Education, Safety & Security Departments on Gangsterism in Western Cape Schools: briefing

Basic Education

18 June 2002
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Meeting Summary

A summary of this committee meeting is not yet available.

Meeting report


18 June 2002

Chairperson: Prof. S Mayatula

Documents handed out:
WCED Safety at Schools In Western Cape: Impact of Gangsterism on Schooling Slide Presentation
Gangsterism: Impact on Schools and Schooling (Appendix 1)
Report on Impact and Steps Taken on Gangsterism in Western Cape Schools (Appendix 2)

Western Cape MEC for Education and MEC for Safety and Security presented their departments' strategies to fight the prevalent gangsterism and violence in township schools in the Western Cape. They both emphasised a synergistic approach towards solving the problem through inter-sectoral, inter-departmental and inter-governmental co-operation. They shared the view that the problem needed urgent attention and that both short term and long term measures should be simultaneously applied for effective results. The discussion also emphasised a synergistic and multidimensional approach towards the problems. Gangsterism and violence in schools was viewed as a symptom of our socio-economic problems of squalor and moral degradation.

The Chairperson introduced the meeting by stating that the presentations were a necessary exercise following the presentation by the Cape Professional Teacher's Association to the committee on the scourge of violence and gangsterism in the Cape Flats schools.

Western Cape MEC for Education, Adv. Gaum
Adv. Gaum, argued that socio-economic factors such poverty, dysfunctional families and deprivation were responsible for the situation of gangsterism in schools. He reckoned that children get involved with gangsters because that is where they think they will find protection and material satisfaction. He also listed and explained four types of gangs. The last part of his presentation was an outline of the Safe Schools Campaign which he said was comprehensive and included every sphere of the public and the private sector.

Western Cape MEC for Safety and Security, Mr Ramatlakane
Mr Ramatlakane expressed his support for the Safe Schools Campaign. He said that there was a co-operative approach between his department and that of Adv. Gaum in solving the problem of gangsterism. He listed some projects that were initiated by the Department of Community Safety. He emphasised that the projects were preventative and not only focusing on schools but making schools part of the communities that were protected by the projects' initiatives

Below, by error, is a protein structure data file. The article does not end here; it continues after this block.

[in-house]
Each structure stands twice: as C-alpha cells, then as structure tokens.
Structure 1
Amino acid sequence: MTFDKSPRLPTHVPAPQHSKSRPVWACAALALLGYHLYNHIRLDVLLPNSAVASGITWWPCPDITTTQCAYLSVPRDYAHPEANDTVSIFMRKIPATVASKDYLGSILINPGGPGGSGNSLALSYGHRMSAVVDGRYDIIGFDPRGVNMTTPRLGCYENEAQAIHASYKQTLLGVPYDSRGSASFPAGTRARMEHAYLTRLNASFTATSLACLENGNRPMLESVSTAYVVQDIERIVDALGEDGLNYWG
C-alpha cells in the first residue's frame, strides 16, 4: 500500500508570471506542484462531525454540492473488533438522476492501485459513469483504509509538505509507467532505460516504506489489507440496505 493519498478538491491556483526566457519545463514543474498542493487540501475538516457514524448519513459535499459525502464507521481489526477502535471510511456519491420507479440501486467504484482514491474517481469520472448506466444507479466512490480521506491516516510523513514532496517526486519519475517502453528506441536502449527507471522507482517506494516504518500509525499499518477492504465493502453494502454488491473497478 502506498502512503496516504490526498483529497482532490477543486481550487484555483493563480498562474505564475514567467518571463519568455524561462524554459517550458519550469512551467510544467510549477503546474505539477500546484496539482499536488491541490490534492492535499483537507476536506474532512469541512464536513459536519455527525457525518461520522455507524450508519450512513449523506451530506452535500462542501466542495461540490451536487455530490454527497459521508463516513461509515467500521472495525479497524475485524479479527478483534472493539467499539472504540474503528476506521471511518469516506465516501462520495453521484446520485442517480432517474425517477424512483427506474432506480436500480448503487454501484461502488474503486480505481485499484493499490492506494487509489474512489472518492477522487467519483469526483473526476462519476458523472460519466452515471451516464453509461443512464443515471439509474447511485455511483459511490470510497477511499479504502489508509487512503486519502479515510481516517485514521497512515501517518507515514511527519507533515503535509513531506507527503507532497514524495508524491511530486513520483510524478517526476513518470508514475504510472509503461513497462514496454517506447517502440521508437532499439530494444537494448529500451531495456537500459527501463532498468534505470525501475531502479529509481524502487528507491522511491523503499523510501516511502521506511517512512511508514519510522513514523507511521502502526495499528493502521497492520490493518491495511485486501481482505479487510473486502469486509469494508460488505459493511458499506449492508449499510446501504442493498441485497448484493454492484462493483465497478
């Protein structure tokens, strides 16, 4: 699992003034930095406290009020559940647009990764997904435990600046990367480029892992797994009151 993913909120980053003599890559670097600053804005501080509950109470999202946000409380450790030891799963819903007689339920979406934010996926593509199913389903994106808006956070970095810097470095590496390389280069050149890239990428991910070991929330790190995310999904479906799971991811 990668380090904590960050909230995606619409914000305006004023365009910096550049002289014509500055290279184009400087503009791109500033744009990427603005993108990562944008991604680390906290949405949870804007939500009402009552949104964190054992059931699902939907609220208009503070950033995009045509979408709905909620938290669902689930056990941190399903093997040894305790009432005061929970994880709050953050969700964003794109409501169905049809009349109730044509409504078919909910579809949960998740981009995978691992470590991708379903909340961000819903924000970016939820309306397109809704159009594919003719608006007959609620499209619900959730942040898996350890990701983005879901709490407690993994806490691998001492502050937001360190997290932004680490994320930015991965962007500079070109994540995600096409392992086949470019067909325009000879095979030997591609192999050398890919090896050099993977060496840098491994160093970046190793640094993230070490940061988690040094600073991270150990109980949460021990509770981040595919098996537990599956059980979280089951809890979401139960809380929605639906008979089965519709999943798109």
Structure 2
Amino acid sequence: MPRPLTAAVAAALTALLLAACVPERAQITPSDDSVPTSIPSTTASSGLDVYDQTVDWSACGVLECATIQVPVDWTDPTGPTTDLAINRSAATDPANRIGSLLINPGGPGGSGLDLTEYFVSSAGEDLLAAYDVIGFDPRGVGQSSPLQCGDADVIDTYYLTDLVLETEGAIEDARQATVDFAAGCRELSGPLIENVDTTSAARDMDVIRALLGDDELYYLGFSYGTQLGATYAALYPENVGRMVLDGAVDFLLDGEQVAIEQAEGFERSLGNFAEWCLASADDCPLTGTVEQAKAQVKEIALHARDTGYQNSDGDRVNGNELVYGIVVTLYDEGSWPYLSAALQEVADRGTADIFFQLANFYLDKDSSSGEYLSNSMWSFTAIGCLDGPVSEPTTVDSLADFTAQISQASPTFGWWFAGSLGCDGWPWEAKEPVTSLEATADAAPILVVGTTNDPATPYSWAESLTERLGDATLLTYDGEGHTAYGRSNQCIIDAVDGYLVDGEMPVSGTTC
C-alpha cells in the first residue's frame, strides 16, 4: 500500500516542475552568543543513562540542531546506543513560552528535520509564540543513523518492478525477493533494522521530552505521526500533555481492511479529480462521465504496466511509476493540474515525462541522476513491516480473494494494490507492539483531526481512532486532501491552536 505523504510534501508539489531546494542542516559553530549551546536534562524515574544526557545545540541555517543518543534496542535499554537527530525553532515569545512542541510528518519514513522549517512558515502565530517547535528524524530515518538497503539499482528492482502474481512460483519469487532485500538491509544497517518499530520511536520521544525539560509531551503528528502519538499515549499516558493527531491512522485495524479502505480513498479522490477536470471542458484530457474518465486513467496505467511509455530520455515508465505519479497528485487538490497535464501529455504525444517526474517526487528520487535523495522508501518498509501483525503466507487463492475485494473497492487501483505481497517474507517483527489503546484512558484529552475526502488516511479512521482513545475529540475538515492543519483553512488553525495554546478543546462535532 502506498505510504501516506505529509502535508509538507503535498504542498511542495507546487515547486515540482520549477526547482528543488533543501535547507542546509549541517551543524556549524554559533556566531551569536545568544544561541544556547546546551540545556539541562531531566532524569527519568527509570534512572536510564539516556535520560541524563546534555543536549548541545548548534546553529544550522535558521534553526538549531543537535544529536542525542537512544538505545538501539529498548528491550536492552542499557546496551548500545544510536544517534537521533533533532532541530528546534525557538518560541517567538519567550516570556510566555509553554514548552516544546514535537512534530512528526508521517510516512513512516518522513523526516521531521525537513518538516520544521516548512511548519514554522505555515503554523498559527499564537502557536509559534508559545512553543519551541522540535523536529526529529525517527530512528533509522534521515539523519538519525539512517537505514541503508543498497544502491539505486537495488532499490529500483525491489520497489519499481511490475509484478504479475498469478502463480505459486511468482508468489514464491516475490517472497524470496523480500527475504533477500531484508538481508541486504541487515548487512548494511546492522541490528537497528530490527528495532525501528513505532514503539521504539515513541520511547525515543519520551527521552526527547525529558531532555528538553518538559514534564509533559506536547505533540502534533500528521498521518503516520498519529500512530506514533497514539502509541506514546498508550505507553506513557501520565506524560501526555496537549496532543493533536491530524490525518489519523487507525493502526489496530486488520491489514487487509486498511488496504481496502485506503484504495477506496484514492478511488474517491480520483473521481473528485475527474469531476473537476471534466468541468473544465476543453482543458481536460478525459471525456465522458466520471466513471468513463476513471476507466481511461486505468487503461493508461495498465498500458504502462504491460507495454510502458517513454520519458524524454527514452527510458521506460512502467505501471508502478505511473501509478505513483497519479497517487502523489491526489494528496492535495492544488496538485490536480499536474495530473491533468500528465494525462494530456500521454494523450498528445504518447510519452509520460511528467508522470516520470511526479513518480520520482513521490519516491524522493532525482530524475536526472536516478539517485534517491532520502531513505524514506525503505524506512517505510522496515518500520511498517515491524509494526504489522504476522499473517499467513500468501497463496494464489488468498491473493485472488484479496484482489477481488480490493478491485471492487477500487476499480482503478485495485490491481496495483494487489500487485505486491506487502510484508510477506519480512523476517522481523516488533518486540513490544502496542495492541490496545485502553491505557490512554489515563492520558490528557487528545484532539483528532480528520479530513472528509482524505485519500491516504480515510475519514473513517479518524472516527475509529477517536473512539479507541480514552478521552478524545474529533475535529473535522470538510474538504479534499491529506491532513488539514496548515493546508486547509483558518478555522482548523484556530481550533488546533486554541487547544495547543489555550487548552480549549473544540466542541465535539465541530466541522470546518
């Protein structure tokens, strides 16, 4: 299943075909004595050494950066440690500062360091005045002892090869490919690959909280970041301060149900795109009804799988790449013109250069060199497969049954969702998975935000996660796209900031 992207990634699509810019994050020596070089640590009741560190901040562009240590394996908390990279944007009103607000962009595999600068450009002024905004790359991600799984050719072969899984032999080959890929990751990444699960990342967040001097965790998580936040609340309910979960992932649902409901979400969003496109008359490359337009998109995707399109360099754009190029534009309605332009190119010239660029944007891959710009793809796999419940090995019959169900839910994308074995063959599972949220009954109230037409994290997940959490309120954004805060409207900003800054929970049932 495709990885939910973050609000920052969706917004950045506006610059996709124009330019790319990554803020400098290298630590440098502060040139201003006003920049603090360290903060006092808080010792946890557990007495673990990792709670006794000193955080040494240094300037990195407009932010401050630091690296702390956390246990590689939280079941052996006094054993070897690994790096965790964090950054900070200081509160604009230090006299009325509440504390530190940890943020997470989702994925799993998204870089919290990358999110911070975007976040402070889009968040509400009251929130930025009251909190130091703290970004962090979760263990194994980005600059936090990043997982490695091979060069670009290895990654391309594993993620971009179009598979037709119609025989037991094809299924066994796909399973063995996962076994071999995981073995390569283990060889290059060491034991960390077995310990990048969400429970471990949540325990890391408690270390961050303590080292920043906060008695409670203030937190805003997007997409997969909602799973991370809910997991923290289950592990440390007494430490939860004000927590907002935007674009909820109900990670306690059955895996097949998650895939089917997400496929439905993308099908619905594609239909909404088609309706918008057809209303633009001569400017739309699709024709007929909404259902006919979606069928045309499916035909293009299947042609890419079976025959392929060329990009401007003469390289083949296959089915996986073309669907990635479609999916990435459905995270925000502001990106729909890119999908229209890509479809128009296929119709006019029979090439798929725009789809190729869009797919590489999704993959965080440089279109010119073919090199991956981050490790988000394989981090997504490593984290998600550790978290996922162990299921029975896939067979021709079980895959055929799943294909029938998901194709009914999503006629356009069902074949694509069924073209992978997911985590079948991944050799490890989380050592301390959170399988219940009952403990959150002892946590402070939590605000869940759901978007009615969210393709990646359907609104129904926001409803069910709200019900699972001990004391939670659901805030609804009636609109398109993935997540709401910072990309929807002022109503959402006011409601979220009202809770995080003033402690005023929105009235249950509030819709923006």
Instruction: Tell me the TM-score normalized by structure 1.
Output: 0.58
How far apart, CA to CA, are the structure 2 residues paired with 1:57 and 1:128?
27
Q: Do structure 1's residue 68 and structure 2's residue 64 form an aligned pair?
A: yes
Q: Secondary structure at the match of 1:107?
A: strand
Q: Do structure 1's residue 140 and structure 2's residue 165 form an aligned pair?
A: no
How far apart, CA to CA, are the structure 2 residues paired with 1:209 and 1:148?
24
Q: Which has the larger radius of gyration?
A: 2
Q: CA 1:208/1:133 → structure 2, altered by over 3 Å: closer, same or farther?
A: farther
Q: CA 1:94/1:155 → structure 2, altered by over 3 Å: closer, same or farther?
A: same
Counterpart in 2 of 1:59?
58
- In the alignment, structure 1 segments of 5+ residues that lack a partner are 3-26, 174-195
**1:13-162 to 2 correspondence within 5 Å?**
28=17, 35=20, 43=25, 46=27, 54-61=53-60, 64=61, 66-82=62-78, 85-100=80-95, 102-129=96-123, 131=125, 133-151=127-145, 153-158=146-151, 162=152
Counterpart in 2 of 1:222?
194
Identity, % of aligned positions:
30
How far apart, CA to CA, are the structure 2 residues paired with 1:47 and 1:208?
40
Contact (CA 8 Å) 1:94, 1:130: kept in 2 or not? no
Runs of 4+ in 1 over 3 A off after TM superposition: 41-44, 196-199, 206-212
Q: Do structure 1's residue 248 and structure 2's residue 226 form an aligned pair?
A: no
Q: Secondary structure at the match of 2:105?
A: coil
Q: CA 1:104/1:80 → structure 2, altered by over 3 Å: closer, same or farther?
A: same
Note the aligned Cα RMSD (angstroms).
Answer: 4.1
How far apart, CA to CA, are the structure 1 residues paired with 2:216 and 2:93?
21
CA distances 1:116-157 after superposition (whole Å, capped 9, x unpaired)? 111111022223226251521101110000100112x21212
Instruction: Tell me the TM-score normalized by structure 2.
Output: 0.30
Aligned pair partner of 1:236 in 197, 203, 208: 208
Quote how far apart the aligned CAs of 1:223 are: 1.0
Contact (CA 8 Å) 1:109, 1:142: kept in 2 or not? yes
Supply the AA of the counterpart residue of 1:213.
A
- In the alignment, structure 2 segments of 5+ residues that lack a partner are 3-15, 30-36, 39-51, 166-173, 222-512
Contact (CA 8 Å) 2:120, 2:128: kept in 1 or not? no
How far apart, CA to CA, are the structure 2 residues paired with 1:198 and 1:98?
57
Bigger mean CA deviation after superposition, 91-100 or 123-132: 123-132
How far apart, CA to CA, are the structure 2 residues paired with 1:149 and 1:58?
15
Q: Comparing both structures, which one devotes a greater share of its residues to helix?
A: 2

Mr. Ntuli (DP) commented that there was too much emphasis on short term measures to fight gangsterism and violence in schools and that very little attention was given to long terms measures.

Mr. Ramatlakane explained that the Urban Renewal Project and the synergistic interdepartmental approach to safety in schools would ensure a sustainable solution. He also added that there was need to shift the mind set of the affected communities away from conflictual relationships towards a co-operative and human rights culture.

Mr. Ntuli (DP) asked if there was any comparative research that investigated into the peculiar causal factors towards violence and gangsterism in Western Cape communities.

Mr. Ramatlakane had no idea if such a study was conducted. He however indicated that drug trafficking and money laundering were common trends around the world.
Adv. Gaum stated that since our national borders had become more porous there had been a surge in cross border criminal activities.

Mr. Van den Heever (ANC) argued that both short and long term measures to fight against violence and gangsterism in township schools should be undertaken simultaneously. Later on Mr. Kgwele reiterated Mr. Van den Heever's point of concurrently dealing with long and short term interventions. Mr. Ramatlakane and Adv. Gaum agreed to the practicality and urgency of developing strategies that would serve both short term and long term measures at once.

Mr. Van den Heever (ANC) needed clarity on the presence of the army or police on affected schools' premises.

Mr. Ramatlakane said that the presence of the army or police in schools would be discussed with the Minister of Safety and Security first. Adv. Gaum later added that what was clear was that the presence of the army in schools would be made in such way as to not give the public the impression of schools as sites of war.